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Tuesday, April 22, 2014

Is It Okay to Bring a Big Gulp to a Fancy Restaurant?

Posted by on Tue, Apr 22, 2014 at 1:55 PM

Art of the Table chef Dustin Ronspies, not pouring Coke.
  • Eliza Truitt/The Stranger
  • Art of the Table chef Dustin Ronspies, not pouring Coke.

What if the fancy restaurant actually gives you directions to the 7-Eleven? But then the chef shames you on social media for it? That's the weird story over at Nosh Pit: A woman from Mercer Island and her family went to Wallingford's acclaimed farm-to-table restaurant Art of the Table. They'd been there before, and having tried the nonalcoholic drinks and not liked them, been allowed to bring Coke on a subsequent visit. This time, they forgot, and they asked a server, who gave them directions to the 7-Eleven. Then they went and got Cokes, came back, ate, and paid their $414 bill (with, kindly, extra for the tip because they don't drink).

That night, Art of the Table chef Dustin Ronspies posted to Facebook:

"While dining at AOTT is ask [sic] that you please refrain from bringing 48 oz Big Gulps to dinner. It just looks bad. #nogmo #nohfcs”

And, later:

“It also makes chefd really irritated.”

Ronspies later took the posts down and apologized; he explains that he was stressed and freaked out, and would've really preferred to pour Cokes for these people rather than have "these Big Gulps sitting around the place sweating and melting!"

This particular situation is obviously quite complicated, but for the sake of all future fancy-restaurant-goers (and chefs) everywhere, let's make the legally binding Slog poll nice and simple, shall we?

 

Comments (37) RSS

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1
They should just charge a corkage fee.
Posted by dirge on April 22, 2014 at 2:04 PM · Report this
seatackled 2
$414 dinner bill. If she's not Mia Farrow with her 20 adoptees, fuck them all.
Posted by seatackled on April 22, 2014 at 2:06 PM · Report this
monkey 3
I'd be having a serious talk with the server who said this was okay.
Posted by monkey on April 22, 2014 at 2:06 PM · Report this
4
The problem might be that other diners would assume that the Big Gulps were some high-concept menu item and order them for themselves. But then again that would probably only happen in NYC.
Posted by Rhizome on April 22, 2014 at 2:12 PM · Report this
seandr 5
OMG. No Big Gulps. No Coke. No brown-bagging. And no calling ahead for permission.

If you are so fucking precious that you can't work with what's available at the restaurant, then stay the fuck home.

P.S. Take a large glass, fill it half with water, fill the other half with sugar, and presto, there's your goddamn Big Gulp. Don't forget your insulin shot!
Posted by seandr on April 22, 2014 at 2:18 PM · Report this
6
I think if you're paying $100 a person (I'm assuming her "family" is 4 people; I assume I'm in the right ballpark, anyhow), you should be committing to the dining experience on offer. You're not paying $100 a person for simple nutrition!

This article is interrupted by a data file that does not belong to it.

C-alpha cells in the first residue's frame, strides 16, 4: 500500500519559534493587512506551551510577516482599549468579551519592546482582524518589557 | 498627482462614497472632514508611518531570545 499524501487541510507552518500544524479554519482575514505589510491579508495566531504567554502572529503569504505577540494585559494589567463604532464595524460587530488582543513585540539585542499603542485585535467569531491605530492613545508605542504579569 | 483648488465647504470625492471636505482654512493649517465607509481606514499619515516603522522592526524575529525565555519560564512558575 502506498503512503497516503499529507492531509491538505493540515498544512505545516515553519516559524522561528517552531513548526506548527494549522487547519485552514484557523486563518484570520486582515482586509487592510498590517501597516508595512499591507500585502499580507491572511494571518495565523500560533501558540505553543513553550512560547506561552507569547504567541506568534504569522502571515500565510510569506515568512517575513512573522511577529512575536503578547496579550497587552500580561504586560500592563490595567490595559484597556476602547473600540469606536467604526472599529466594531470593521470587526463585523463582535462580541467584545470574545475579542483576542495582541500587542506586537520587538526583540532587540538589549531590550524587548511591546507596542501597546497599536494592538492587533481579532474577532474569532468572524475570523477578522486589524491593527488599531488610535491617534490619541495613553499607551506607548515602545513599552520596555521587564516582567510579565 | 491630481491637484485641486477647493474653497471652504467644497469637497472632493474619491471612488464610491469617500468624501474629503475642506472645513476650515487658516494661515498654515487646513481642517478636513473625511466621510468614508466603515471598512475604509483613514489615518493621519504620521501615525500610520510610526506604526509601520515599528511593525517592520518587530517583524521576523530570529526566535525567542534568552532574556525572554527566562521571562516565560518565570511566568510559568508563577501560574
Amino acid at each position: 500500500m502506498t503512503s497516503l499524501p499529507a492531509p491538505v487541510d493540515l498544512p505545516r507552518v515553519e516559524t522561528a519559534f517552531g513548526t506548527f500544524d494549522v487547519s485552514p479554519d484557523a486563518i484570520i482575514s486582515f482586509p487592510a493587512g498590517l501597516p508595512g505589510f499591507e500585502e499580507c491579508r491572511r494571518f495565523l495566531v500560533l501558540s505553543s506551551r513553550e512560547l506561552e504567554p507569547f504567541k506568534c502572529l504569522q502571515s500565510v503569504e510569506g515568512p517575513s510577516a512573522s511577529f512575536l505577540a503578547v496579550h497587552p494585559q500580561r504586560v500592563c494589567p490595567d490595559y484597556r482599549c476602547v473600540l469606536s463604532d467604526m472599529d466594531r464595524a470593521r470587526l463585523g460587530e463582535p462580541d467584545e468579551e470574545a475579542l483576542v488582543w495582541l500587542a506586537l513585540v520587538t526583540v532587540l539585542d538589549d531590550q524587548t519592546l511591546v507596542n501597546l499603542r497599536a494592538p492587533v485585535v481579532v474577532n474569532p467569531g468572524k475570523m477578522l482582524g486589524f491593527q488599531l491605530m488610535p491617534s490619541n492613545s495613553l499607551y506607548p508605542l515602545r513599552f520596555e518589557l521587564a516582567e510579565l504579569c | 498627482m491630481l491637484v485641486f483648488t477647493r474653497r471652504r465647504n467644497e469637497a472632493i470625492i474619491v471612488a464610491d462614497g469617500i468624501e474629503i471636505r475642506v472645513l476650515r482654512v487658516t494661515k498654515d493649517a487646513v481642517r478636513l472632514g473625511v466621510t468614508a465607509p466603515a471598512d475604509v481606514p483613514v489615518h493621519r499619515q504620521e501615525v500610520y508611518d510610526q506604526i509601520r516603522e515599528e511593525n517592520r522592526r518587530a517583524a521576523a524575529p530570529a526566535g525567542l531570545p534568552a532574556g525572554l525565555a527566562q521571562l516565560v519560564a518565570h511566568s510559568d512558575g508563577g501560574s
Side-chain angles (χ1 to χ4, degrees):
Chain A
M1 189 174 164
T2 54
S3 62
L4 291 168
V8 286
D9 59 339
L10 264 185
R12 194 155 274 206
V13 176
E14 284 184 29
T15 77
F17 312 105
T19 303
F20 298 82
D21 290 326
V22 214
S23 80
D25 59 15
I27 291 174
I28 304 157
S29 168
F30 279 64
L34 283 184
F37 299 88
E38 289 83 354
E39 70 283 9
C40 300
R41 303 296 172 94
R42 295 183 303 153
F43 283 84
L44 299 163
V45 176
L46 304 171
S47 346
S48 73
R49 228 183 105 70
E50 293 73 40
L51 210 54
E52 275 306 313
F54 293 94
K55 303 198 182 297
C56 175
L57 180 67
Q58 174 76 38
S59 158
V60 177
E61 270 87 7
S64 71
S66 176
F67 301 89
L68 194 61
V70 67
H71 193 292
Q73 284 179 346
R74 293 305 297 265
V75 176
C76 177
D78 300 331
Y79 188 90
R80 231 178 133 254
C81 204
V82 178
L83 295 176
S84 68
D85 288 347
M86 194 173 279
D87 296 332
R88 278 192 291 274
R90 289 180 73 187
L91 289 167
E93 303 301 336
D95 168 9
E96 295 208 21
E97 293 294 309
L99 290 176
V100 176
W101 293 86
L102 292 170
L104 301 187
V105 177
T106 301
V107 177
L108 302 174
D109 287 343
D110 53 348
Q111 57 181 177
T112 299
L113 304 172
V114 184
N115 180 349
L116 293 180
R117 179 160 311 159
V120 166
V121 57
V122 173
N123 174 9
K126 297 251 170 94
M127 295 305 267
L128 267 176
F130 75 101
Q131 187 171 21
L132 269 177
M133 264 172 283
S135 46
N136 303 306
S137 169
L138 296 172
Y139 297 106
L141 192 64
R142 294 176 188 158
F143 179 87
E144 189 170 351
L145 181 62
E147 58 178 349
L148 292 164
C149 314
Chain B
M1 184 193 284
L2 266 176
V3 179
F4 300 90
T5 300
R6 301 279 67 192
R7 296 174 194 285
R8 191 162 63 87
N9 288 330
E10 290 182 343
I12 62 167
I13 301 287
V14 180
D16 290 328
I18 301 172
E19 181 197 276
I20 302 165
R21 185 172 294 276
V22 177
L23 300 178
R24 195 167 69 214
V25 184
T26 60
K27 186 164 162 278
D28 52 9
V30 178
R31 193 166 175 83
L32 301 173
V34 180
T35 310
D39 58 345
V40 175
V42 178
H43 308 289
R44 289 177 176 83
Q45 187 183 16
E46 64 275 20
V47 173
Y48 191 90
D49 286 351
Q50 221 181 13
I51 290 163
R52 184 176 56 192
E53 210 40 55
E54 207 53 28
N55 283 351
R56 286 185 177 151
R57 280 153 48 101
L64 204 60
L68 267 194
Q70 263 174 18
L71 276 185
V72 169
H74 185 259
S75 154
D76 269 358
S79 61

I can understand the notion of bringing your own beverage to the table. After all, I hear it's not uncommon at extremely fancy restaurants for the customers to bring a rare wine with them. I suppose the same could apply for Two-Buck-Chuck, or for Coca-Cola, or even for bottled water. Still, this family and the other customers are paying through the nose for a complete dining experience, one that could be impaired by garish Big Gulp containers melting in the sun. I assume that a restaurant running to $100 a person offers excellent service and could make accommodations - providing a carafe and glasses, for example, would have solved the problem nicely, and they could have charged for the use or just expected the inconvenience to be rewarded in the tip.
Posted by Warren Terra on April 22, 2014 at 2:28 PM · Report this
tabletop_joe 7
I like the idea of a place that has the gall to serve such expensive food dropping huge turds over crass beverages. I've always liked the Rodney Dangerfield approach to class anarchy.
Posted by tabletop_joe on April 22, 2014 at 2:28 PM · Report this
AirBuddy 8
That poor "chefd" ! Seriously, though, in the arts and high dining, don't bite the sweaty gouty hand that feeds. It's something that could easily be addressed if they came back (unlikely, now) rather than in an unprofessional social media rant.

Also, as an aside, fancy non-alcoholic drinks tend to be groooooooss concoctions of lavender and sage grass.
Posted by AirBuddy on April 22, 2014 at 2:35 PM · Report this
9
How hard is it to go through dinner without drinking a damn soda? And while the passive aggressive tweeting was not cool, he never mentioned any names. Get over yourselves already!
Posted by taco hut on April 22, 2014 at 2:40 PM · Report this
theophrastus 10
seems a bit arbitrary, focusing like that on a single item of [sniff]common culture. when will this question include the larger array of items to/not to take into a "fancy" restaurant? (including, but not exclusive to: corn dog, nail gun, toilet brush, Costco package of Little Debbie Cakes, gym bag with large water bottle (with some oddball spring wire thing in it ?!), large dish with a molded jello, piston (with rings) from a 1983 Camry, mental patient on refrigerator handtruck, monkey wrench, baguette with Frenchman attached, box of Kleenex™, jar o' pickles ... and so on)
Posted by theophrastus on April 22, 2014 at 2:45 PM · Report this
11
I once heard a definition of "etiquette" that stuck with me. It's behavior that makes the people around you comfortable. By bringing big gross outside food and drink to a fancy dinner they cheapen the experience for everyone around them. Which is too bad because at least some of those other diners don't get to go out for fancy meals too often and had to save up for that special night.
Posted by Patrick McGrath on April 22, 2014 at 2:46 PM · Report this
12
Don't most restaurants bar bringing in outside food or drink to their establishments? Seems like standard biz practices, and not just for fancy high end places. if you can't drink the sage and lavender concoction, how about try water.